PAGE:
What is DISM?

Deployment Image Servicing and Management (DISM.exe) is a command-line tool that can be used to service and prepare Windows images, including those used for Windows PE, Windows Recovery Environment (Windows RE) and Windows Setup. DISM can be used to service a Windows image (.wim) or a virtual hard disk (.vhd or .vhdx).

DISM is available through the command line or from Windows PowerShell. To learn more about using DISM with PowerShell, see Deployment Imaging Servicing Management (DISM) Cmdlets in Windows PowerShell.

Image Requirements

DISM can be used to mount and service a Windows image from a .wim file, .vhd file, or a .vhdx file or, in some cases, to update a running operating system. It can be used with older Windows image files (.wim files). However, it cannot be used with Windows images that are more recent than the installed version of the Windows Assessment and Deployment Kit (Windows ADK) in which DISM is distributed. DISM is also installed with the Windows 10, Windows 8.1 and Windows 8 operating systems.

For a complete technical description of WIM, see the Windows Imaging File Format (WIM) white paper.

DISM can be used to service the following operating systems:

  • Windows 10 for desktop editions (Home, Pro, Enterprise, and Education)
  • Windows Server 2016
  • Windows 8.1
  • Windows 8
  • Windows Server 2012 R2
  • Windows Server 2012
  • Windows 7
  • Windows Server 2008 R2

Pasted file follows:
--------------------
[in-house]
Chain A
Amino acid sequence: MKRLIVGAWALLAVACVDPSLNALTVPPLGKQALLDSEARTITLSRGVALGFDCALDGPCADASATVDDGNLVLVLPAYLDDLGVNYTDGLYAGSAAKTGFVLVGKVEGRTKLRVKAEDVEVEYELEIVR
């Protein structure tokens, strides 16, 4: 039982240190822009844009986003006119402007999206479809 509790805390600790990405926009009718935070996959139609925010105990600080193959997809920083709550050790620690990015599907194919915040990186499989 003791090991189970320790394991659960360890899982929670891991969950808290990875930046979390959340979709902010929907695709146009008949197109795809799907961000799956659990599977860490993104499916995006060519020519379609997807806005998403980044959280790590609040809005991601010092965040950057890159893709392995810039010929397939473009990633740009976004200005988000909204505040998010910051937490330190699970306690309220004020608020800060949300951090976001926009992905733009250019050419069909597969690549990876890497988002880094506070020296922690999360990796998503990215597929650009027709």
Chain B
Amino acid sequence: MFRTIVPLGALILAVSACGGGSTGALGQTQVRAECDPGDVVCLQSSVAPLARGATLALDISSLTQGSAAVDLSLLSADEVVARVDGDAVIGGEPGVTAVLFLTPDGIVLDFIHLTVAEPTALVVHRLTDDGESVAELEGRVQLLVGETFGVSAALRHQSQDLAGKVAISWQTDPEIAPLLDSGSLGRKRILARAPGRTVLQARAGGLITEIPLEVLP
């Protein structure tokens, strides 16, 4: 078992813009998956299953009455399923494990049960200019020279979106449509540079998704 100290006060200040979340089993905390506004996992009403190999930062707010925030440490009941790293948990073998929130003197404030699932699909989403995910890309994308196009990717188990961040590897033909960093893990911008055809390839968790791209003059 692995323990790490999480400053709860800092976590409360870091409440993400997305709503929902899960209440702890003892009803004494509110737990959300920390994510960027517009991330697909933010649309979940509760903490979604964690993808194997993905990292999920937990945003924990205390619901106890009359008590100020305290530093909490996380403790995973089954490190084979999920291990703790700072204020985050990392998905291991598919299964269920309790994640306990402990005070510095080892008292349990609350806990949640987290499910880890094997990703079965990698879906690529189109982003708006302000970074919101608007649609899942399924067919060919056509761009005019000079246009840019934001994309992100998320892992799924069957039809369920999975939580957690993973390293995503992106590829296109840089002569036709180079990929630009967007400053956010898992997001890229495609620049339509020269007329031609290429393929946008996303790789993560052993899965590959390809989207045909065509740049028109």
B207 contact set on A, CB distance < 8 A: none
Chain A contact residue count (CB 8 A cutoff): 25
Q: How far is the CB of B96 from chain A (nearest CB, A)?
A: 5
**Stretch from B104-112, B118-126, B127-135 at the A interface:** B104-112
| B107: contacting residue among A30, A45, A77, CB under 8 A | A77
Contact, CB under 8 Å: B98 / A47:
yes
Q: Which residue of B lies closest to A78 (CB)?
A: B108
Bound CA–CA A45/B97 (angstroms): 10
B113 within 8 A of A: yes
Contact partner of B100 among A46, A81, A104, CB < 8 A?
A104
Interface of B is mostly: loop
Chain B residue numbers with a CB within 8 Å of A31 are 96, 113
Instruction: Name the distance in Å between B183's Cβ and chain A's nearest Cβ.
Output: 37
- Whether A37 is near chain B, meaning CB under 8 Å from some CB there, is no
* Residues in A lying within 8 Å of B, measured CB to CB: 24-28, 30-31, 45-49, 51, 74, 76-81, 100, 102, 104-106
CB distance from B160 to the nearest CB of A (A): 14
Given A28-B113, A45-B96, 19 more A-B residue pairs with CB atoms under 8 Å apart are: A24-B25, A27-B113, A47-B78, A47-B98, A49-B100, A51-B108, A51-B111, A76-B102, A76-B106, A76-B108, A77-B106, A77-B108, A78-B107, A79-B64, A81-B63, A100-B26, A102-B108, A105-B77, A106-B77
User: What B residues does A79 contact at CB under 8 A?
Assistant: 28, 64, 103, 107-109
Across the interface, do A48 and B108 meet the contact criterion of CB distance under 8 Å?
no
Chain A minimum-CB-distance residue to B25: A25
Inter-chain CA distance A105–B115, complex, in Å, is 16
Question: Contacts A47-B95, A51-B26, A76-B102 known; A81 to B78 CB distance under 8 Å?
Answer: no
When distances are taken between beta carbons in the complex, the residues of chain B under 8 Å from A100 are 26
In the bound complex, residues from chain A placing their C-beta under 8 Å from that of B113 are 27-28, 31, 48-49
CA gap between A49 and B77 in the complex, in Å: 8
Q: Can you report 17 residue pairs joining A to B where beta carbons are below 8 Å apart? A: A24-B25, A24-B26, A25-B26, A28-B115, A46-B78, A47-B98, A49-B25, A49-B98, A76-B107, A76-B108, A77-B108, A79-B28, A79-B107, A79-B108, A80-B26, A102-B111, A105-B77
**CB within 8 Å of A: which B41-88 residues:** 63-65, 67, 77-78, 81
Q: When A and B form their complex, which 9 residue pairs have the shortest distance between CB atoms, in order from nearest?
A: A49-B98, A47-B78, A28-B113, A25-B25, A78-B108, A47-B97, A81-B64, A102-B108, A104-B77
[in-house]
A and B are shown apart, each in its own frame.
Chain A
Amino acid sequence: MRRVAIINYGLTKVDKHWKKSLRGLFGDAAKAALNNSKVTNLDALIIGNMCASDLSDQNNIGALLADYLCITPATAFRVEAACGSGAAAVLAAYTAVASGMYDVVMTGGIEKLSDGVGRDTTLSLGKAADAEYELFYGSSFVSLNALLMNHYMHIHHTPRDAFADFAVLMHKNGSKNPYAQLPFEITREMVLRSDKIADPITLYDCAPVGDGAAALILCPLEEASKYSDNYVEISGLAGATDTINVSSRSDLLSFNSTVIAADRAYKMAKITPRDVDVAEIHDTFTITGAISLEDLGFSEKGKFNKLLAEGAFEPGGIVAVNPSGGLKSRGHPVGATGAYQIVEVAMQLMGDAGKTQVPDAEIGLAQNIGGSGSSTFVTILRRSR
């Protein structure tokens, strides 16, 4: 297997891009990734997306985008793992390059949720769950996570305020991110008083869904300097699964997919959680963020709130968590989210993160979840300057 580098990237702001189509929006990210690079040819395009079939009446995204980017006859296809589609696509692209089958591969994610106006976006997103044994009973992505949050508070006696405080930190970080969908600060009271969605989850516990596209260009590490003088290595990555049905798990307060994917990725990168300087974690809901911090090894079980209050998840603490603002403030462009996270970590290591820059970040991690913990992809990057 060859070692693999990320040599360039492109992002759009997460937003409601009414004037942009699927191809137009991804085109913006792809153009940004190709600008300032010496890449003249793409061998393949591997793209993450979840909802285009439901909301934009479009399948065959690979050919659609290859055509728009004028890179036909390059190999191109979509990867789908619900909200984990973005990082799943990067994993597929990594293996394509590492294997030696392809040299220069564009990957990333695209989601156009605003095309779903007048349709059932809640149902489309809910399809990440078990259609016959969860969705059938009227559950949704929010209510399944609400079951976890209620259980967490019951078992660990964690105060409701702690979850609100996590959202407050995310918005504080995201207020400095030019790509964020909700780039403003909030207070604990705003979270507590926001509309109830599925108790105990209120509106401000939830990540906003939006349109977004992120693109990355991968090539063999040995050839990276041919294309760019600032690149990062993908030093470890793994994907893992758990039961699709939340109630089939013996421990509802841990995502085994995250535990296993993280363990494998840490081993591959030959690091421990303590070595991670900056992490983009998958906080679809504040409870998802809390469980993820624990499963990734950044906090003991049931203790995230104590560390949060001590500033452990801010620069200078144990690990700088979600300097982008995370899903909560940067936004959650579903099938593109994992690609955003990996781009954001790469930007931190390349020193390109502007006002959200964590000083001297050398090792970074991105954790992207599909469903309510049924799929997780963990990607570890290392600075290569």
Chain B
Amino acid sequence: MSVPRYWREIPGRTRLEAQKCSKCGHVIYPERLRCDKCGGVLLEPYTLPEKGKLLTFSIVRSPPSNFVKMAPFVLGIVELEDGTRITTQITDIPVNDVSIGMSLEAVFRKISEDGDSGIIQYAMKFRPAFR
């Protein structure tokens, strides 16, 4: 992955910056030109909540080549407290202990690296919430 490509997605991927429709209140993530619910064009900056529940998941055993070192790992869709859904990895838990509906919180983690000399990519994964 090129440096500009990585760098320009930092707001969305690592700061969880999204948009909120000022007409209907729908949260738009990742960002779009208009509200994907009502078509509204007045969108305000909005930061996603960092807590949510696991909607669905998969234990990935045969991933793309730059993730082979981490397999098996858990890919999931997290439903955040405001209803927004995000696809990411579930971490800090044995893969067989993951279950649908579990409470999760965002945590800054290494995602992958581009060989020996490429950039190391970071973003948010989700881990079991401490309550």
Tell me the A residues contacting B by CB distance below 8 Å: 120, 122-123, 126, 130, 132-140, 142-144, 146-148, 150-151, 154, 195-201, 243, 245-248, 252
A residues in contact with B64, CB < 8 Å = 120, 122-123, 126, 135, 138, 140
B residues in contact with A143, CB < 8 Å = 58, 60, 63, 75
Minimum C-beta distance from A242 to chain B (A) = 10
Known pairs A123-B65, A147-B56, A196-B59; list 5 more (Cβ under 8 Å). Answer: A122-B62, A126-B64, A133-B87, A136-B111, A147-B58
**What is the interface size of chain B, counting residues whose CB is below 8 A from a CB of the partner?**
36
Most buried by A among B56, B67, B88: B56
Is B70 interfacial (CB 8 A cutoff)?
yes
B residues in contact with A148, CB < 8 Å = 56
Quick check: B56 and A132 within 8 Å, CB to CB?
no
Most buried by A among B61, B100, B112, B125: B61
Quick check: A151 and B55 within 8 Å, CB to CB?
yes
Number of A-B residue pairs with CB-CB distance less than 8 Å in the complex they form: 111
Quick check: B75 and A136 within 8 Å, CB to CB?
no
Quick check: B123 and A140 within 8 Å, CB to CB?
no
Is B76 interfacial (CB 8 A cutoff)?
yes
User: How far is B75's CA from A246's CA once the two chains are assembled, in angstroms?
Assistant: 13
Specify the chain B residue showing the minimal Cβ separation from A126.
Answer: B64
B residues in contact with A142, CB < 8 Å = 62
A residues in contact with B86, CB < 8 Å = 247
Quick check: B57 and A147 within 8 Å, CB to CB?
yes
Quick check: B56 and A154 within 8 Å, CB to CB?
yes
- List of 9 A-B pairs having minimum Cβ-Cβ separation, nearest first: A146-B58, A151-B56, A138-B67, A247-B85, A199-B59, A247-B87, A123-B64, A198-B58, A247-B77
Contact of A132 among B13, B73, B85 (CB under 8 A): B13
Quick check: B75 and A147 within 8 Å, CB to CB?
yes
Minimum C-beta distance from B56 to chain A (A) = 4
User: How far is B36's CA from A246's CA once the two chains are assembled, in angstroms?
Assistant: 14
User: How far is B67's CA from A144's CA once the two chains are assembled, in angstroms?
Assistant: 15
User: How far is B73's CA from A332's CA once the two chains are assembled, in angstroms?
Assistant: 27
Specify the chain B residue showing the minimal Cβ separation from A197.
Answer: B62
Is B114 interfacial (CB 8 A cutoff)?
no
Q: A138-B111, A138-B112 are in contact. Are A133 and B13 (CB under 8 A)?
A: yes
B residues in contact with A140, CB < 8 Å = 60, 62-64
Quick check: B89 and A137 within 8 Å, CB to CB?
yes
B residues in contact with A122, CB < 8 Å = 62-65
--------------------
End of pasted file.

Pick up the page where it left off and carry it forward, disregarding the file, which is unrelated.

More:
• Windows Server 2008 SP2
  • Windows PE for Windows 10
  • Windows PE 5.0
  • Windows PE 4.0
  • Windows Preinstallation Environment (Windows PE) 3.0
  • Windows Recovery Environment (Windows RE)

Note DISM cannot mount a Windows image from a VHD on Windows Vista® with Service Pack 1 (SP1) or Windows Server 2008. You must attach the VHD using the DiskPart tool before you can use DISM to service the image. When you service VHD images that have been attached using the DiskPart tool, the changes are automatically committed with each operation and cannot be discarded.

For a list of the supported platforms and architecture types, see DISM Supported Platforms.


You can use DISM with .wim files to:

  • Capture and apply Windows images.
  • Append and delete images in a .wim file.
  • Split .wim files into several smaller files.

You can use DISM with .wim, .vhd, or .vhdx files to:

  • Add, remove, and enumerate packages, drivers, languages.
  • Enable or disable Windows features.
  • Apply changes based on the offlineServicing section of an Unattend.xml answer file.
  • Configure international settings.
  • Upgrade a Windows image to a different edition.
  • Prepare a Windows PE image.
  • Provide detailed logs for troubleshooting.
  • Service earlier versions of Windows such as Windows 8.x, Windows 7, Windows Server 2008 R2, Windows Vista.
  • Service all platforms (32-bit, 64-bit).
  • Service a 32-bit image from a 64-bit host, and service a 64-bit image from a 32-bit host. For more information, see the "Limitations" section later this topic.